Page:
In terms of technique, I doubt I will need to play fast, but I will need to play clean. My intonation needs to be good, even high up the neck, and my right-hand control will need to be on point. I want to be able to play cleanly without having multiple strings ringing out when I don’t want them to, so finding my way around the fretboard without open strings may be important. Slapping is probably not going to be needed, tapping or at least hammer-on may be. Finding effects that compliment the bass will be important, but that leans heavily on my synthesis experience anyway.

Figuring out workflow for recording will be another challenge. Not being a cephalopod, I don’t see how I can play bass and synths/mix faders simultaneously. I won’t want to knock the bass around while recording, with its piezo pickup that will transmit every motion noise. So I predict some multitracking in my future. There’s also looping as a possibility — I feel like I should be able to do that with software rather than relying on a looper pedal as such.

And of course, the kind of thing I decide to play will also determine questions such as fretted vs. fretless, Wing-like vs sticking to U-bass, or even something that could be played lap steel style or with other unusual techniques. If I want to use an e-bow, that also means steel strings.

Also, let it be known I’m deciding officially to pass on the Make Noise Strega (or any other small synths). I’m sure it’s a joy and it fits my style, but I can’t find a way to integrate it non-awkwardly without giving up other gear, and I don’t think the exchange would make sense. I still do want to set up a better stand for the Minibrute 2S just so it’s not so wobbly and awkward — but not to try to make room for more gear. Knowing that I may want other basses in the future will also make it easier to say “no more synths” definitively. 🙂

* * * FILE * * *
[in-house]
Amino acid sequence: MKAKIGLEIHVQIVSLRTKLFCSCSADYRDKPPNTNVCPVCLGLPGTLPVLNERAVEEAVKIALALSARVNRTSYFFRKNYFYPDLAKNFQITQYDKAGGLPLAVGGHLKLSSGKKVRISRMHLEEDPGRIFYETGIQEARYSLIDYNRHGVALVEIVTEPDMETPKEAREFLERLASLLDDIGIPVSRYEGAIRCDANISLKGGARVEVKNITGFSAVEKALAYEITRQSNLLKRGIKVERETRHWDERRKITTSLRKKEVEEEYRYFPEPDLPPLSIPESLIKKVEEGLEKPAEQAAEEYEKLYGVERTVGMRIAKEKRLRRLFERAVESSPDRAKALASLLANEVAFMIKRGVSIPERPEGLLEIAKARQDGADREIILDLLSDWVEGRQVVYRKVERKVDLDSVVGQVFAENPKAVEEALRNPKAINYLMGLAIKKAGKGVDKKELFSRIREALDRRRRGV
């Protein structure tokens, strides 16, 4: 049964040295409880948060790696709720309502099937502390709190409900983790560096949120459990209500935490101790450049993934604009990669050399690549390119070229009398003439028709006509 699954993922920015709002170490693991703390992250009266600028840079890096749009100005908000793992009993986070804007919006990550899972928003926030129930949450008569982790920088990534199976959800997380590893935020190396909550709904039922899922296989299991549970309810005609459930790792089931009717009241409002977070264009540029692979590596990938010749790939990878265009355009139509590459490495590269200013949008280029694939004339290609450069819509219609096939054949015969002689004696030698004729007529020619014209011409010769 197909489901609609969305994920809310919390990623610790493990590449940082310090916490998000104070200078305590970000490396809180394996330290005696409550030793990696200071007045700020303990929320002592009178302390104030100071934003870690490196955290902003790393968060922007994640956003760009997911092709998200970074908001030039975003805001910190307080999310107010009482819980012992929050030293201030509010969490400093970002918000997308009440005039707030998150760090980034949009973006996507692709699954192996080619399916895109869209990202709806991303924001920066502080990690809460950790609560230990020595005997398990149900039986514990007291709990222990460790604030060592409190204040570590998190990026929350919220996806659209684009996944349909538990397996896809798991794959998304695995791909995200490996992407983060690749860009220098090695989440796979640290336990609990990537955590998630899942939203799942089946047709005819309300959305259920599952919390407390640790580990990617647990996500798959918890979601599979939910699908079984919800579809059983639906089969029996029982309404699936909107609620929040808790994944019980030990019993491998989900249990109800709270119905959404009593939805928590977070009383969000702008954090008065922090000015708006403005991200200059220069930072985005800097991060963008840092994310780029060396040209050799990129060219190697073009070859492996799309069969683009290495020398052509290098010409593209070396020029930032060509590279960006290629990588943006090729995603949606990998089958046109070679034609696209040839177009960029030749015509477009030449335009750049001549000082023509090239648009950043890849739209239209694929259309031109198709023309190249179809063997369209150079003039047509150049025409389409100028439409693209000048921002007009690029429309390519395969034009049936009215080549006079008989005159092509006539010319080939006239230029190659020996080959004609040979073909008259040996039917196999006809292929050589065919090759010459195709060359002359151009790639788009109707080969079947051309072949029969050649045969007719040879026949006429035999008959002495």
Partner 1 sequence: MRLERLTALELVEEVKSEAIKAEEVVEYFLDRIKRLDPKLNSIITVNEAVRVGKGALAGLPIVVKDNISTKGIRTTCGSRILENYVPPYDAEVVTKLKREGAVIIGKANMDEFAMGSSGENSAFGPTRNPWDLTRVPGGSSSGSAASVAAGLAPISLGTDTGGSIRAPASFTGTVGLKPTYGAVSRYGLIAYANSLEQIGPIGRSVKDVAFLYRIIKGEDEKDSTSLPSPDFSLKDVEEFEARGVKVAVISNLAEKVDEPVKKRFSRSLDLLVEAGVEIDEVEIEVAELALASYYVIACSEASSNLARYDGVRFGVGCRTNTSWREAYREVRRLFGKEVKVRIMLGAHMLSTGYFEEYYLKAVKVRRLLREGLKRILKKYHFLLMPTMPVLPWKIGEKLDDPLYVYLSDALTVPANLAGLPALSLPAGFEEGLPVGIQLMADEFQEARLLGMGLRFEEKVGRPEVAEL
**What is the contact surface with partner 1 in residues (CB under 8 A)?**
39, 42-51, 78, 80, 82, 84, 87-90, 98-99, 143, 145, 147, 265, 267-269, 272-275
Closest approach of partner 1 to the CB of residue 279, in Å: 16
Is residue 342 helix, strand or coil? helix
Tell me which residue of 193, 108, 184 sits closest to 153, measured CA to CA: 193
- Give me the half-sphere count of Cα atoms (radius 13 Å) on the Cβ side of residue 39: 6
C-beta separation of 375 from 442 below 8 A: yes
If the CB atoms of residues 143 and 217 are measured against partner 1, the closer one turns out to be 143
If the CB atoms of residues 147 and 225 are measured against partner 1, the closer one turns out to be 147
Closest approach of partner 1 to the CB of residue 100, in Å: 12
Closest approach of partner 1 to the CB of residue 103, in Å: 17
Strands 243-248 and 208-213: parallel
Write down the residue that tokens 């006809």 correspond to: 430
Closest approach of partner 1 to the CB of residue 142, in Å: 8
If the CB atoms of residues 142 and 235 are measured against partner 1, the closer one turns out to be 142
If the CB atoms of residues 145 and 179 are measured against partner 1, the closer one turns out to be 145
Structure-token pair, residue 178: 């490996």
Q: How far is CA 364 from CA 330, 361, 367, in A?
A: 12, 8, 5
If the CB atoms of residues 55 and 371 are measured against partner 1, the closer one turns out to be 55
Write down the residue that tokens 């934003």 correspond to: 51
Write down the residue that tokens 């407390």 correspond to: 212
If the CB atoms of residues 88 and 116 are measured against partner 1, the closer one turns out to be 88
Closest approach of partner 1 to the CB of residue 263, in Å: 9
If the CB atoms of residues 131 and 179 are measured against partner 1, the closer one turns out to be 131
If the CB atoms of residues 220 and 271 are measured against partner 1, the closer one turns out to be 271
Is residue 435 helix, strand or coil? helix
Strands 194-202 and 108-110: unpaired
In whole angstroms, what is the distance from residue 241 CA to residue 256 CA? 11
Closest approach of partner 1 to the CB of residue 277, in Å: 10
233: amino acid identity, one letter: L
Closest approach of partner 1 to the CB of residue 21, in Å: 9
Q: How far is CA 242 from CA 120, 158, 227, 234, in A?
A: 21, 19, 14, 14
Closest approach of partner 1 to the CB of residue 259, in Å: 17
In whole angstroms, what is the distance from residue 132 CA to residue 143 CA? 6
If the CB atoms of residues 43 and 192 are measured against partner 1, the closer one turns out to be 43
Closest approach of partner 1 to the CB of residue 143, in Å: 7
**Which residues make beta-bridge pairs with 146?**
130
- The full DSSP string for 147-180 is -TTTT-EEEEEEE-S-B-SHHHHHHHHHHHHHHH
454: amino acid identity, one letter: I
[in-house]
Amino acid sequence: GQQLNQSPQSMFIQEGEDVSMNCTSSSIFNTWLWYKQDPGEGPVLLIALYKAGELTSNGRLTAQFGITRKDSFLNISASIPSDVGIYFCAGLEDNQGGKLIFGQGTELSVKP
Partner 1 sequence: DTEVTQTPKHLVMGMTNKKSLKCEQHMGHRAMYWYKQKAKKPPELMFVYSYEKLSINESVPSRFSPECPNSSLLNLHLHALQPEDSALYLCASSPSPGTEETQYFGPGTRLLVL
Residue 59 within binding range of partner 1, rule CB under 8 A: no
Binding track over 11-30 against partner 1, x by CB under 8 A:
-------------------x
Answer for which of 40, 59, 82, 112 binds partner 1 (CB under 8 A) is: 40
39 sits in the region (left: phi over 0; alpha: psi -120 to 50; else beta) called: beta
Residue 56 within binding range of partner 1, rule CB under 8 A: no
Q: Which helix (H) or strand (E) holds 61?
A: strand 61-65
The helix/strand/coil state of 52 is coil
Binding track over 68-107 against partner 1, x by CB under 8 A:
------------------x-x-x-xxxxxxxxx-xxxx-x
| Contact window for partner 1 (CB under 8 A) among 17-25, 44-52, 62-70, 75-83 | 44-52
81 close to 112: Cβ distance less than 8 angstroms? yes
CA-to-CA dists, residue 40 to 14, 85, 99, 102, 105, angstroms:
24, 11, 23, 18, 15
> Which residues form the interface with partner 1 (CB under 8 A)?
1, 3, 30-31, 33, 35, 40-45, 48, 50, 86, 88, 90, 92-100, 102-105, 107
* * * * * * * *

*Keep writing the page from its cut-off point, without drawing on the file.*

follow up

I’ve been reading Octavia Butler’s Parable of the Sower. Set beginning in 2024, after total economic and social collapse apparently brought on by climate change and hypercapitalism, it’s… not pleasant. I’m not sure I am getting much from the philosophical/psuedo-religious bits, but it does have the feature of the middle class being pinched in the middle — having relative privilege and comfort compared to the abject poor, and yet not prospering, not having stability and security.

That is an argument I see a lot from some leftists online: if you make (insert salary level here), or are living in (expensive city) then everything must be automatically easy for you, and therefore you’re part of the problem. I think it’s the same failure to understand and empathize with others’ circumstances that spawned the “avocado toast” meme, but it takes the form of resentment rather than disdain.

Yes, I have a decent salary, at this stage in my life. That was not always so, and I have a fraction of what Boomer financial advisors say I should have saved up for retirement. Prescription drug costs scare me, and sometimes I wonder how long it’ll take to die if I lose my job. Capitalism kills. I would happily pay more in income tax if it meant a stronger social safety net, partly because I’m not entirely self-absorbed and sociopathic, and partly because it’s very much in my own interests to do so. Universal health care and universal basic income are exactly what would make me more secure, not lower taxes. And taking better care of both the earth and the poor would have avoided the fate of society in Butler’s novel for sure.